I got my first four fillings over the past two weeks (apparently PC was concerned that at some point my teeth would need work, so they got me fillings before I was due), and just sent off a letter stating the completion of the work (and the awesome dentist I worked with actually x-rayed my fillings and added that to the letter, grin) - they stated that my dental has cleared! woo hoo!

On an aside - I just asked my boss, whoops, my friend, (or should I call you my co-worker, J?) if ice makes the filling go eeechkkkk oooh pain!, and he's like, oh you don't get that when you drink coffee? I'm like, what? He's oh you're just a kid. Wait til you get old!

So, seems regardless of PC, I'll have things to look forward to when I get old.

Thursday, June 7, 2007

"You have a FedEx from Peace Corps."

Yesterday, my roommate gtalked me, "You have a FedEx from Peace Corps." I was immediately excited, then it struck me, wait a minute - it is probably more forms! We met up, and then looked into the form. Yep. More forms. ::banging head on desk:: It needed more medical information about my hearing loss, and a couple of other pieces of information that apparently my ten pages medical evaluation was unclear on.

So, the waiting game continues.

At least I am done with my dental work - will FedEx the information tomorrow. Thank the Flying Spaghetti Monster!

Right now my roommate and I are just focusing on divvying up the apartment, selling much of our furniture, giving away some books, figuring out a lot of other things - we are moving out in the end of June after living together for more than two years. He is going back to school, and after taking the summer off, hopefully I'll be on the other side of the world.

Meanwhile - I will just try and finish up all the medical stuff as quick and as painless as possible!

Wednesday, June 6, 2007

joining the bandwagon

After a few years of just hanging out and reading blogs, occasionally commenting, I have been beaten over my head by my roommate who have been telling me that I should start writing, that I should be getting my ideas out there (and most of all, that he was sick of hearing me sprout all kind of theories in our living room, rather than in the blogsphere where he could draw upon and add onto), and that I should start somewhere. I am not normally the kind of person who writes about stuff and put it out there for everyone to read, maybe a little reserved, in lack of a better term.

Why now are you joining the bandwagon, you may ask, well - the short answer is - Peace Corps. The long answer - I submitted my letter of resignation to a large human service agency in the beginning of May. They had recently taken over (well, if you call a year and a half ago recently) a smaller agency that provided services for the Deaf and Deaf-Blind community in the NYC metropolitan area, including the office where I was employed - I had worked there for four and a half years before the "take over" and continued working there for another year and a half ... and to put it nicely, it was time for a change.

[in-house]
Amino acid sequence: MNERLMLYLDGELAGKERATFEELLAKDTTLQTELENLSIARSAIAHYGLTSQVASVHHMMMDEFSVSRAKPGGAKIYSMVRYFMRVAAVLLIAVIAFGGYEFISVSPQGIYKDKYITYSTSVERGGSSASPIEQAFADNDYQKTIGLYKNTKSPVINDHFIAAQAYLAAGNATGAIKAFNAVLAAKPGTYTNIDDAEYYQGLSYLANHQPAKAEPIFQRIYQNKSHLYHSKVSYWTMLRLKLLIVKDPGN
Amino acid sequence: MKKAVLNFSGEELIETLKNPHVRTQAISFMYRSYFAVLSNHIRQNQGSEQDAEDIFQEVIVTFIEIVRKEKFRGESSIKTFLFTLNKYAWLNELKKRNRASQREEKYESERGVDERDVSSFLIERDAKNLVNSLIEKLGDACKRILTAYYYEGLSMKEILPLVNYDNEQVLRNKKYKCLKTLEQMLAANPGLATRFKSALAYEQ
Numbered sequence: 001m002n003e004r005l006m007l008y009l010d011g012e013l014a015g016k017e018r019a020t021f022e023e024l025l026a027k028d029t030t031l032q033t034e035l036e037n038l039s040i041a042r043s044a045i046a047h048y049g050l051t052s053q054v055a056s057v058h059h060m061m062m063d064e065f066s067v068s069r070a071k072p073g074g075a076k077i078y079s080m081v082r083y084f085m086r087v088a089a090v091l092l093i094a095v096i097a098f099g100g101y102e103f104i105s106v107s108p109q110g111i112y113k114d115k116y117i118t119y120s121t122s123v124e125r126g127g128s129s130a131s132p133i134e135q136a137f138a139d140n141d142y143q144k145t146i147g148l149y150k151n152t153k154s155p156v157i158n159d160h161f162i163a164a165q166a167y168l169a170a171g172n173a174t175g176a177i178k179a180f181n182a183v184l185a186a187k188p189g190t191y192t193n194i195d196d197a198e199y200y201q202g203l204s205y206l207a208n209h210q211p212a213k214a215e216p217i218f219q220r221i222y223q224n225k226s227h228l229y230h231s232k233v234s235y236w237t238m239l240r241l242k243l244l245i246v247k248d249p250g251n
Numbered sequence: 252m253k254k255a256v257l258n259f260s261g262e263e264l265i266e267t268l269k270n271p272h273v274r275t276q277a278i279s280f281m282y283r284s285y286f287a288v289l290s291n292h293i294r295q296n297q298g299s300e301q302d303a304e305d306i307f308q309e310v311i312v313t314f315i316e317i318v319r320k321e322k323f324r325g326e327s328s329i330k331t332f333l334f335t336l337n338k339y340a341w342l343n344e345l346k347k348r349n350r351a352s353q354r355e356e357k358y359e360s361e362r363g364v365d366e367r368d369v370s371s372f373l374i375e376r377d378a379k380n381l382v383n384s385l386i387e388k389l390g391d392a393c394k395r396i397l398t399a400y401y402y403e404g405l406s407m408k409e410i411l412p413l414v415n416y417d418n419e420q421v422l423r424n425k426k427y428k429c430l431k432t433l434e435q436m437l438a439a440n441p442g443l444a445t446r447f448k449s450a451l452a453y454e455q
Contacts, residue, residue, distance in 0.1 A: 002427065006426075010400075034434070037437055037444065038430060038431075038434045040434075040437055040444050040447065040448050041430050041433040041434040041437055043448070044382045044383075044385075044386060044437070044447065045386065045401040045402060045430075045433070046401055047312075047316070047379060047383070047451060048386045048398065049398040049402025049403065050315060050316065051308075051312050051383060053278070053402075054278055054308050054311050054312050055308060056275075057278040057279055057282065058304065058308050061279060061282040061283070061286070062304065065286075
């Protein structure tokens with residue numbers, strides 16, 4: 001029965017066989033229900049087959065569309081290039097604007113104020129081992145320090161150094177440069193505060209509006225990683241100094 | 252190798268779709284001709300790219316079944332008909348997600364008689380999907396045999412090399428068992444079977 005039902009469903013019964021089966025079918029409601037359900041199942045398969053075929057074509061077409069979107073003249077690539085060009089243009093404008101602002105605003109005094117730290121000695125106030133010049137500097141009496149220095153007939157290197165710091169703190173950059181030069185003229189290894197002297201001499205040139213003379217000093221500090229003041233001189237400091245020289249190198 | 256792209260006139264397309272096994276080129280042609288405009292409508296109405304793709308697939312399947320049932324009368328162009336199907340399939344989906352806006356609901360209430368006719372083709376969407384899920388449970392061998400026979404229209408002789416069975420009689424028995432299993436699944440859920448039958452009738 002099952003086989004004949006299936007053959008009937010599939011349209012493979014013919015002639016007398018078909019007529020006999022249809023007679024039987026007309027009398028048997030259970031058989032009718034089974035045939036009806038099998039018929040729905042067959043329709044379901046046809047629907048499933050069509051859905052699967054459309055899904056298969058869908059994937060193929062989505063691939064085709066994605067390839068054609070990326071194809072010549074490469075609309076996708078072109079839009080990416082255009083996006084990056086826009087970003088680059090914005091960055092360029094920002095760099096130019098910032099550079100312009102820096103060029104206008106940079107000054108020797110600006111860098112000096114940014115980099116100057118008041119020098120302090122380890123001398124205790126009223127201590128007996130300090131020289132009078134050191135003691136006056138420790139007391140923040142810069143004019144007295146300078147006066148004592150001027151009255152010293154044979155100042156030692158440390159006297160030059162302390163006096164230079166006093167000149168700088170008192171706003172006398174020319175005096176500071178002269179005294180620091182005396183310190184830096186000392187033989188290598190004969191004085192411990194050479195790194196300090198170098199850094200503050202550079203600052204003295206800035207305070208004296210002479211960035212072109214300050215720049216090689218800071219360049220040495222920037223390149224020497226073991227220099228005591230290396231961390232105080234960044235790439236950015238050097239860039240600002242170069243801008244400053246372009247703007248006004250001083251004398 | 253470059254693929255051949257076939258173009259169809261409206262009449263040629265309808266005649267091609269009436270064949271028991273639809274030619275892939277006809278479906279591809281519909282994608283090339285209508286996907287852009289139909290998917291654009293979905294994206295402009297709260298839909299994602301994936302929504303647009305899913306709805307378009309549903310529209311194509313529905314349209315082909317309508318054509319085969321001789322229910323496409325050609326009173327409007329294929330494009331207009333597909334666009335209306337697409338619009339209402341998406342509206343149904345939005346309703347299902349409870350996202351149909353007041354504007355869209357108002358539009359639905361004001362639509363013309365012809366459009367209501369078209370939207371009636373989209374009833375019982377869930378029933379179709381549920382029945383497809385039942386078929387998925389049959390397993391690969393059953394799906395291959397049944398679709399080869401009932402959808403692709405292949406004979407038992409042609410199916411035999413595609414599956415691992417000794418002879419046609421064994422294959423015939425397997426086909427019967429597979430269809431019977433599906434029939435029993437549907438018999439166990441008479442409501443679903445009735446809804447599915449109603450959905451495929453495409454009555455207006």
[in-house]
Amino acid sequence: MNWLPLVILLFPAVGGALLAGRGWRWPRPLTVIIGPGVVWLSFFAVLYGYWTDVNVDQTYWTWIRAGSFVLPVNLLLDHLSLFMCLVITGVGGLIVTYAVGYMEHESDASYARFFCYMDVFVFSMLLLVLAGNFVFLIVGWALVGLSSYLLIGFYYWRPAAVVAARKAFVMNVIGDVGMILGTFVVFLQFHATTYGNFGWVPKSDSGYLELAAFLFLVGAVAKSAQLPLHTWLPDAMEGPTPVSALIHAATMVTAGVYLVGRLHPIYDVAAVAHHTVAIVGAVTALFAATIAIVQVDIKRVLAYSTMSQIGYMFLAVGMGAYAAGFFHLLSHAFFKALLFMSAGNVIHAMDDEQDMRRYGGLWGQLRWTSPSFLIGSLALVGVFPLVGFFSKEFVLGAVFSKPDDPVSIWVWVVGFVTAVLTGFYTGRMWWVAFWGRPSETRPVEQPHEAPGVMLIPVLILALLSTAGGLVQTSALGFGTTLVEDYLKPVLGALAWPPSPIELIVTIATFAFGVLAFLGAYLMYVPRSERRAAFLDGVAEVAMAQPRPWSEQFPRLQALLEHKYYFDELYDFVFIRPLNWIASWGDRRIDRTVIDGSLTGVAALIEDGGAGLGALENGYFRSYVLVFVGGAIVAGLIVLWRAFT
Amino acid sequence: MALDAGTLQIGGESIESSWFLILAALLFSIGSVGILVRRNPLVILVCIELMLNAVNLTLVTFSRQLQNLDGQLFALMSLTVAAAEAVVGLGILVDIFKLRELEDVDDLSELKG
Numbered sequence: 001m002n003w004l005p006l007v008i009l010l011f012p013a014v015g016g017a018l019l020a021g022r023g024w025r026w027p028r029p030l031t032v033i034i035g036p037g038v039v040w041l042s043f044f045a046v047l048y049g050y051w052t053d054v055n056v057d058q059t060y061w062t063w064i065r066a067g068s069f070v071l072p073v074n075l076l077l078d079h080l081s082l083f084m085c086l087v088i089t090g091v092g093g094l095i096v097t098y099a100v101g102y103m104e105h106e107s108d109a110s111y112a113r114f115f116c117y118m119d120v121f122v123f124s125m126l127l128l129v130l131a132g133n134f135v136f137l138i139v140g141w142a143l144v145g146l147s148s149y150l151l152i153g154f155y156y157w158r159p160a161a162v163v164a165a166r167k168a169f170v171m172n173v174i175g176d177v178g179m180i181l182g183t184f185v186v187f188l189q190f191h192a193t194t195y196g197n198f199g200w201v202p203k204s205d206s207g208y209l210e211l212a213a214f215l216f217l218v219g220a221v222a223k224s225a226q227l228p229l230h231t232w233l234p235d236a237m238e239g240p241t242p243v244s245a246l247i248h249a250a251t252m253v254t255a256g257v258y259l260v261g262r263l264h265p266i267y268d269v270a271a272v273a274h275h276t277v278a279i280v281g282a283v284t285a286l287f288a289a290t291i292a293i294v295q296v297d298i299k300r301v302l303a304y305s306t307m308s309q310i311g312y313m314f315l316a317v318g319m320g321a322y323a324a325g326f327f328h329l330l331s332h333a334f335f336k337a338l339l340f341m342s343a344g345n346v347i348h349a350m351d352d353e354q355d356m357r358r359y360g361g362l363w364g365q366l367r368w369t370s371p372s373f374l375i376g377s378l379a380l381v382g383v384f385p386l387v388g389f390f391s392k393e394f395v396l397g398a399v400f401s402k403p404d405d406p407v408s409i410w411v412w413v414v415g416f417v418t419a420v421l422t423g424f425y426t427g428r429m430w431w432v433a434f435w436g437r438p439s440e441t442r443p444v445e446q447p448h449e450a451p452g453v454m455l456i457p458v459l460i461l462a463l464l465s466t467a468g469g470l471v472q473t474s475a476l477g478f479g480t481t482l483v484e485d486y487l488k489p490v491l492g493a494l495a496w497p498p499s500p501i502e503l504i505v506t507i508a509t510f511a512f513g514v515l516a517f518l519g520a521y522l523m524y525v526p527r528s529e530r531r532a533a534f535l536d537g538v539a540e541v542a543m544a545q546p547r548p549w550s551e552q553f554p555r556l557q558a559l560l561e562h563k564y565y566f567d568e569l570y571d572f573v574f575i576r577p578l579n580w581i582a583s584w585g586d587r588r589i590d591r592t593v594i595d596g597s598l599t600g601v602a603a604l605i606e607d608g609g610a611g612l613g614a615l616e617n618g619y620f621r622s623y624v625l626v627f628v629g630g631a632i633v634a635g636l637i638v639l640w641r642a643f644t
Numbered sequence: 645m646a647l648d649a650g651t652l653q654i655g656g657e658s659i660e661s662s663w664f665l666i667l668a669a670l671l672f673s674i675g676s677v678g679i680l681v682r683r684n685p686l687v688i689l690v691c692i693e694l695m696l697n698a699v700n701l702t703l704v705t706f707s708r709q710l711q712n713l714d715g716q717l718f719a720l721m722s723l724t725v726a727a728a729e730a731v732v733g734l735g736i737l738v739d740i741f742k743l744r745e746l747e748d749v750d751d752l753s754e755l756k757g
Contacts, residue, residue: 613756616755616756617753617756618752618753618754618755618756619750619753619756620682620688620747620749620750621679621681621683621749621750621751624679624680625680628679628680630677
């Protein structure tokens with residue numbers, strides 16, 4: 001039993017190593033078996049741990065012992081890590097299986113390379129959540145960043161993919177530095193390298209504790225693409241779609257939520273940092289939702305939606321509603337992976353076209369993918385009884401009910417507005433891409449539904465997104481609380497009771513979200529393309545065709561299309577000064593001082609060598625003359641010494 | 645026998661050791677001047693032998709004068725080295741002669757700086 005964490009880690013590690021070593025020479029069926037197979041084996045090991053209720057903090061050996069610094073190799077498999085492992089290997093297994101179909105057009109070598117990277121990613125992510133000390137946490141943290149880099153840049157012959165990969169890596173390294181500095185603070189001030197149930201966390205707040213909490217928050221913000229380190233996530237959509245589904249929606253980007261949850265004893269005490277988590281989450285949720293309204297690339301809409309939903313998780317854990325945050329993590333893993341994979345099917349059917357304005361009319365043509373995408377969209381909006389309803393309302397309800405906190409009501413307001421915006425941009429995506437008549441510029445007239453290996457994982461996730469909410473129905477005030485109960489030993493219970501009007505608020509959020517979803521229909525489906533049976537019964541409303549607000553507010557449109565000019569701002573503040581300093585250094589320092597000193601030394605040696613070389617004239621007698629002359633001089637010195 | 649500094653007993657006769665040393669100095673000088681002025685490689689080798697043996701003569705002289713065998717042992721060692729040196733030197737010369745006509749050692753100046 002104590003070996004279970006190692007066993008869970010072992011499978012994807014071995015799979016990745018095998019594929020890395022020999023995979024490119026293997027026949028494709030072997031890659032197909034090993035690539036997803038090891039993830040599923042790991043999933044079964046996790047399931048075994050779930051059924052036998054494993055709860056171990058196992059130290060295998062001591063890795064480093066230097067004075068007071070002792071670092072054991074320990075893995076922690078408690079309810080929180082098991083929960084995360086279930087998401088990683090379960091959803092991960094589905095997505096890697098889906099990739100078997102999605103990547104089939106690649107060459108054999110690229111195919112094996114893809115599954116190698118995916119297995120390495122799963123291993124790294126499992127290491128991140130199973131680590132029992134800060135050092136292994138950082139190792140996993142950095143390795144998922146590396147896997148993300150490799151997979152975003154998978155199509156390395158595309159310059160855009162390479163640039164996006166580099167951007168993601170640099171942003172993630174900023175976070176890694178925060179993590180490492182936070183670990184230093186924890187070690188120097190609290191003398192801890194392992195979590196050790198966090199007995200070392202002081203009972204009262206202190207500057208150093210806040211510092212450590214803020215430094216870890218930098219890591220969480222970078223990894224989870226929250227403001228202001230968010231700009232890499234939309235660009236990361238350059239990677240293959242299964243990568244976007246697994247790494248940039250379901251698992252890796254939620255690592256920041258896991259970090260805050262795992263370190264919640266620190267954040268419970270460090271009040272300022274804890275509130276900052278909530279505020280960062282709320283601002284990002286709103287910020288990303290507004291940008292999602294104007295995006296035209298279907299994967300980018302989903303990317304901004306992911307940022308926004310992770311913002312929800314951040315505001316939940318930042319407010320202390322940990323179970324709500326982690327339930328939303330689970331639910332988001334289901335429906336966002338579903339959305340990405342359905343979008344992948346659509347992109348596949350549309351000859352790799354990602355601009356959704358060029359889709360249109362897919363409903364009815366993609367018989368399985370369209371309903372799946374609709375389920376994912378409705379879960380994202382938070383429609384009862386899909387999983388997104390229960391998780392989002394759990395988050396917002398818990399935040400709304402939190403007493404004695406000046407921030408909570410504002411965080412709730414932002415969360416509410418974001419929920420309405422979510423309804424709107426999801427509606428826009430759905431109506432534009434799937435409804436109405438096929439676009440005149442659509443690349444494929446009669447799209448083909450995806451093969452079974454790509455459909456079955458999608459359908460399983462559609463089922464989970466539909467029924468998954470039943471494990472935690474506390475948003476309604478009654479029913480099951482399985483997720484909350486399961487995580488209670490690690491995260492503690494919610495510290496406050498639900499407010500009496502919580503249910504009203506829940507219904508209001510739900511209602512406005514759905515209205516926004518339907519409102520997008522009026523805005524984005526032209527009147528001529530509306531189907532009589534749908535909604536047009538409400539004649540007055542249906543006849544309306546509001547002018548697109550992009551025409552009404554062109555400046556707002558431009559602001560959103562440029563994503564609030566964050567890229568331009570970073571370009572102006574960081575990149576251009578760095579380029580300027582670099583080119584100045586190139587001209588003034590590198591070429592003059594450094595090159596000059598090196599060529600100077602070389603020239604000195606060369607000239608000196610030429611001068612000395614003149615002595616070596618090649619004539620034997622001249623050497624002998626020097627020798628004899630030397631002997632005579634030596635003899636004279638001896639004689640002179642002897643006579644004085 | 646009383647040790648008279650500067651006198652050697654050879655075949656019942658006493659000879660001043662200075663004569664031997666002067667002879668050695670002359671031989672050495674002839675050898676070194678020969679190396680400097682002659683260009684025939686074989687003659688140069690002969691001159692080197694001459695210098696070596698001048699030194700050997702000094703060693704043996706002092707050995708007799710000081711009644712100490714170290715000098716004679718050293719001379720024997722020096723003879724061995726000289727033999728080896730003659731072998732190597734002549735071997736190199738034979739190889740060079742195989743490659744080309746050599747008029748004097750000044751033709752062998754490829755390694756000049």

I started looking for a new challenge / opportunity a little under a year ago. One thing that kept nagging in the back of my mind was doing something outside of the United States, something in the neighborhood of becoming a Peace Corps Volunteer. I have always wanted to try to study abroad during my college years, but never gotten the opportunity, and after marinating in the idea of actually applying to become a Peace Corps Volunteer, I started the application process in August of 2006 (after using a few close friends, my parents, my brother and his girlfriend as sounding boards). Whew, I did not know what I have gotten myself into. The online part was lengthy, and I submitted it in mid-November (pissed off, after an ill-fated meeting at my office in which interpreters were not available even though the request was made three weeks ahead, and my boss ended up interpreting for me). After my references made their submissions on-line, I was contacted by a Peace Corps Recruiter, and a few more forms needed completion. In February, I was finally interviewed, and then later nominated for a Sub-Sahara Africa placement. Then, you guessed it, even more forms. The medical / dental evaluations were next. A couple more months passed while I went to all appointments (prompting puzzlement on the part of my staff), and finally got everything together to send off (and several appointments remains to get my fillings done - they want to make sure that I have absolutely no dental work left to do for the next two to three years, grin).

I am currently awaiting to hear more about the exact location of my placement, as well as what kind of teaching I will be doing. I am excited about this, and hopefully things will fall in place, and I would not have to do any additional appointments, check-ups, etc.

Coming back to the point of starting a blog, the general idea is to be able to provide a simple and comprehensive way for friends, family, and colleagues to get a quick look at what the heck I have been up to, or will be up to.


This blog consists of my personal thoughts and opinions. It does not in any way reflect the position of the United States Government or the Peace Corps.